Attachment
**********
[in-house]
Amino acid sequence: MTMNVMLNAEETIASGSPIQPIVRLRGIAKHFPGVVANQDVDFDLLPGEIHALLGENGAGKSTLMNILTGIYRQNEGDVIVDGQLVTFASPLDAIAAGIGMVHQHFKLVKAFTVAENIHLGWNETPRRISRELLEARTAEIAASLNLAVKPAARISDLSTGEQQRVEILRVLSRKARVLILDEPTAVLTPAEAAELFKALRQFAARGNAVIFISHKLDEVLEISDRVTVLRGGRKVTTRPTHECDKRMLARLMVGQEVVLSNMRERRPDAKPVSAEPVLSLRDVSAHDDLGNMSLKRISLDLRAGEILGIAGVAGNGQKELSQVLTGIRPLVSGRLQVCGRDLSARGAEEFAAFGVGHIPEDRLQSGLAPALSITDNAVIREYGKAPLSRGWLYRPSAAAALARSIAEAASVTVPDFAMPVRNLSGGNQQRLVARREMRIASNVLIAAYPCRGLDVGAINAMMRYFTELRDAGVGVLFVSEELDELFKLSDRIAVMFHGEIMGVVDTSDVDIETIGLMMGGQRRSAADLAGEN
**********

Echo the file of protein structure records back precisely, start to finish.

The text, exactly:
[in-house]
Amino acid sequence: MTMNVMLNAEETIASGSPIQPIVRLRGIAKHFPGVVANQDVDFDLLPGEIHALLGENGAGKSTLMNILTGIYRQNEGDVIVDGQLVTFASPLDAIAAGIGMVHQHFKLVKAFTVAENIHLGWNETPRRISRELLEARTAEIAASLNLAVKPAARISDLSTGEQQRVEILRVLSRKARVLILDEPTAVLTPAEAAELFKALRQFAARGNAVIFISHKLDEVLEISDRVTVLRGGRKVTTRPTHECDKRMLARLMVGQEVVLSNMRERRPDAKPVSAEPVLSLRDVSAHDDLGNMSLKRISLDLRAGEILGIAGVAGNGQKELSQVLTGIRPLVSGRLQVCGRDLSARGAEEFAAFGVGHIPEDRLQSGLAPALSITDNAVIREYGKAPLSRGWLYRPSAAAALARSIAEAASVTVPDFAMPVRNLSGGNQQRLVARREMRIASNVLIAAYPCRGLDVGAINAMMRYFTELRDAGVGVLFVSEELDELFKLSDRIAVMFHGEIMGVVDTSDVDIETIGLMMGGQRRSAADLAGEN